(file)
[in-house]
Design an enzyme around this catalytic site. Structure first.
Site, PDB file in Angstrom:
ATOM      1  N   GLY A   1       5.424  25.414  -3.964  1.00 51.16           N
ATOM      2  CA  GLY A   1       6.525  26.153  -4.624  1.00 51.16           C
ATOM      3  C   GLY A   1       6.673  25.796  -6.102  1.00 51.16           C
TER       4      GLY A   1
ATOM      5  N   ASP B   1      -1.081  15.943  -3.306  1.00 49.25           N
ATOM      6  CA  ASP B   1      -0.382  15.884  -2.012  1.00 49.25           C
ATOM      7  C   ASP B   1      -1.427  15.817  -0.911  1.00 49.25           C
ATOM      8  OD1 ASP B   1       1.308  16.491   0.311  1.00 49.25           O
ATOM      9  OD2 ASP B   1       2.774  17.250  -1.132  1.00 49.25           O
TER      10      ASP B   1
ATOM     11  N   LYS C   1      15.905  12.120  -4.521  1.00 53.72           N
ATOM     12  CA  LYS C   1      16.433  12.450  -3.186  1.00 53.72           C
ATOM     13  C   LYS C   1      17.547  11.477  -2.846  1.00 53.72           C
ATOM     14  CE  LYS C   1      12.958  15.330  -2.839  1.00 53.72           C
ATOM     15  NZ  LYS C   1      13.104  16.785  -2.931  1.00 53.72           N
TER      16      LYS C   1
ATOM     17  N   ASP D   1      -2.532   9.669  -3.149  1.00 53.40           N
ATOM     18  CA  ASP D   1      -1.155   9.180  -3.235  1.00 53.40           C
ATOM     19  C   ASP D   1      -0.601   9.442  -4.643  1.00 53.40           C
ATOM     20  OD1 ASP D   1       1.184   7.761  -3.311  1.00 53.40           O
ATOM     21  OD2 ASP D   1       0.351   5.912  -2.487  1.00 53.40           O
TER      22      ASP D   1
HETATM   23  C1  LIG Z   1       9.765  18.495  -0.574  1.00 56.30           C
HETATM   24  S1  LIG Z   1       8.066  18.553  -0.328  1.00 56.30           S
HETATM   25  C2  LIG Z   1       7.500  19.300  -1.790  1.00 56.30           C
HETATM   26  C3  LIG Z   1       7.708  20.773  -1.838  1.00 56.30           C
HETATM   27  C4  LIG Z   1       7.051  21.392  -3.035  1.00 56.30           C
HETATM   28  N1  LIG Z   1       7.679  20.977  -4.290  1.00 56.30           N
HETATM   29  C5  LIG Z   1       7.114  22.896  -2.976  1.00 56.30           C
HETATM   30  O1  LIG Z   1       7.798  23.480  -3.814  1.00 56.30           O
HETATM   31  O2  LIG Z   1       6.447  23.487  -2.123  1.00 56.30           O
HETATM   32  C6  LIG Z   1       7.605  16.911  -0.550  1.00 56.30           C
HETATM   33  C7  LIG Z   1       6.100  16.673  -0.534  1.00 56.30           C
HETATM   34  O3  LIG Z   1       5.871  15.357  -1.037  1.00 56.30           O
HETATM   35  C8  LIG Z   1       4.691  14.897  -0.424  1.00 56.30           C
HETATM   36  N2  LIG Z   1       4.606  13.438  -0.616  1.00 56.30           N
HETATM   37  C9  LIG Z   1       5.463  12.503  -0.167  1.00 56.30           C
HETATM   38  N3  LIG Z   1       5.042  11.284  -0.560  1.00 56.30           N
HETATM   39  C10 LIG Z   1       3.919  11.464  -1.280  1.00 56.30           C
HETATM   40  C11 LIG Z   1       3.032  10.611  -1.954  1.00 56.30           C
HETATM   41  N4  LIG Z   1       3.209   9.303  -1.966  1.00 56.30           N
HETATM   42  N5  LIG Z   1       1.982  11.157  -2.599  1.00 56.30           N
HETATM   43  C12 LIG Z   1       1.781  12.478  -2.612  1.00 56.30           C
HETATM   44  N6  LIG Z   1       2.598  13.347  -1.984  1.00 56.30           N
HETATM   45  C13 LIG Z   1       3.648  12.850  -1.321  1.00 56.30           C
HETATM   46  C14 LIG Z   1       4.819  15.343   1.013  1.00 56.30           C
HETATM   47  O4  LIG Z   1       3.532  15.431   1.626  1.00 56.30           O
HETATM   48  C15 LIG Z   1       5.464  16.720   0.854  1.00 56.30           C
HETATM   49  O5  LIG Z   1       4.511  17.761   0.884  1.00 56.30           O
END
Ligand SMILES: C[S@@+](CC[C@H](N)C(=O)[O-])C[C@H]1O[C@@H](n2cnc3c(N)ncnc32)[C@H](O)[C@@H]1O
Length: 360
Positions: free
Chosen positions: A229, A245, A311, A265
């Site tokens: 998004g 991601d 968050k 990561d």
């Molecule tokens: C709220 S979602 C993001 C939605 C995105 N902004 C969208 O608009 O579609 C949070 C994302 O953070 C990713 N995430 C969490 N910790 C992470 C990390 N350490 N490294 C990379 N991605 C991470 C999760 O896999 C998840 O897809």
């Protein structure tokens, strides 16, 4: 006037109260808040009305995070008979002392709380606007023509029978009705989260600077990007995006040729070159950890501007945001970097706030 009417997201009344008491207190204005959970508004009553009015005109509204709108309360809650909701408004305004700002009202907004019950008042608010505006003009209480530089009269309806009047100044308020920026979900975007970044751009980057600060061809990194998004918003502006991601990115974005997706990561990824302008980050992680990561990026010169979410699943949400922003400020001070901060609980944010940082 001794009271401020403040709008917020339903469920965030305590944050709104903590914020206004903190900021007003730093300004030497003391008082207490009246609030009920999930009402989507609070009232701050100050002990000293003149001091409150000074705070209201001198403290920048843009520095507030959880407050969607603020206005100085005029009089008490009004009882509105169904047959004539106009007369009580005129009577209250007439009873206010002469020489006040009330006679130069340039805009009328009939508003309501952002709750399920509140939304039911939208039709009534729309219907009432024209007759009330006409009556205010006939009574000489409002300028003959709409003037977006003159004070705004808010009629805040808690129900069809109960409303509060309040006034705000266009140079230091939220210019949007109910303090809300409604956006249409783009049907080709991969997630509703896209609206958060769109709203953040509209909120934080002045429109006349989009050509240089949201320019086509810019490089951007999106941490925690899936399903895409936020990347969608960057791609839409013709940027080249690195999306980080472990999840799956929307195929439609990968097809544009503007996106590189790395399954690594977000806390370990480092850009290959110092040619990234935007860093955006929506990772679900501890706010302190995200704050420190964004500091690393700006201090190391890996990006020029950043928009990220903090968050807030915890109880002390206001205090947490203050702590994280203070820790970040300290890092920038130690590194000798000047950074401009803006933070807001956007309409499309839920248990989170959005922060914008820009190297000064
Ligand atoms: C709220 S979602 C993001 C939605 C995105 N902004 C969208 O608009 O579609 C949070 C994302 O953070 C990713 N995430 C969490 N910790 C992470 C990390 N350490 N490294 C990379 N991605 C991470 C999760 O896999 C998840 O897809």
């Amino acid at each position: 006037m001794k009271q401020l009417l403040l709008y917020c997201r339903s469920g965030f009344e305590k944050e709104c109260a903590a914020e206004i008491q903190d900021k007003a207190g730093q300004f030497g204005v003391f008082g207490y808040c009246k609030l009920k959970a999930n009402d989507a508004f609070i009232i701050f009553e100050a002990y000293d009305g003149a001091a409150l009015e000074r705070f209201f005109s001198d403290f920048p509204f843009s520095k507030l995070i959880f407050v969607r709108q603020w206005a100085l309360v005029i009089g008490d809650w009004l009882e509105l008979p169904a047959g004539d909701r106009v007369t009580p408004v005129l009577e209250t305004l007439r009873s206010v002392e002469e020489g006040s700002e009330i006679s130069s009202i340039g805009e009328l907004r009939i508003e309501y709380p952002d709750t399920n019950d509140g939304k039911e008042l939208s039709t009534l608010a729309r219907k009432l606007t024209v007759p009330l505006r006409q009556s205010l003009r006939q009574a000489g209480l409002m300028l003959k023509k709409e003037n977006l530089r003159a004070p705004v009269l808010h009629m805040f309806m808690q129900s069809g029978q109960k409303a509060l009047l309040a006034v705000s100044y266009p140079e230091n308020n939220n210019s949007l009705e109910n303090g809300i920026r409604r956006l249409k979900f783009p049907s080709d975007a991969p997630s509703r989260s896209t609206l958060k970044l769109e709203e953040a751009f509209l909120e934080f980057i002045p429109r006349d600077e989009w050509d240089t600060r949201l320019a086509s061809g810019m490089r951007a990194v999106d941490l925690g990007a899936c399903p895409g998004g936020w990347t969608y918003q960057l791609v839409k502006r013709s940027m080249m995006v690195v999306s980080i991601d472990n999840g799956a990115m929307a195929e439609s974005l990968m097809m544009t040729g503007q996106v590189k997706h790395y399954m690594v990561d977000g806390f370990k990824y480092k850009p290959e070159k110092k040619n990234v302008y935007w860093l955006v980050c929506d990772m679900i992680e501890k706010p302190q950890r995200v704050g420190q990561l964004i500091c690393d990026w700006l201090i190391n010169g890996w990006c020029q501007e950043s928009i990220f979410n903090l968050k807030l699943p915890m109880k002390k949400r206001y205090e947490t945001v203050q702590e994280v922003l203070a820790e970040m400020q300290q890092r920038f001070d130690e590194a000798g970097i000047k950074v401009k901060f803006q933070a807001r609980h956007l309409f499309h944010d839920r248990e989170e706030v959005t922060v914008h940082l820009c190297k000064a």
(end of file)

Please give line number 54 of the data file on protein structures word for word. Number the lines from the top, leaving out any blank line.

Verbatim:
Ligand SMILES: C[S@@+](CC[C@H](N)C(=O)[O-])C[C@H]1O[C@@H](n2cnc3c(N)ncnc32)[C@H](O)[C@@H]1O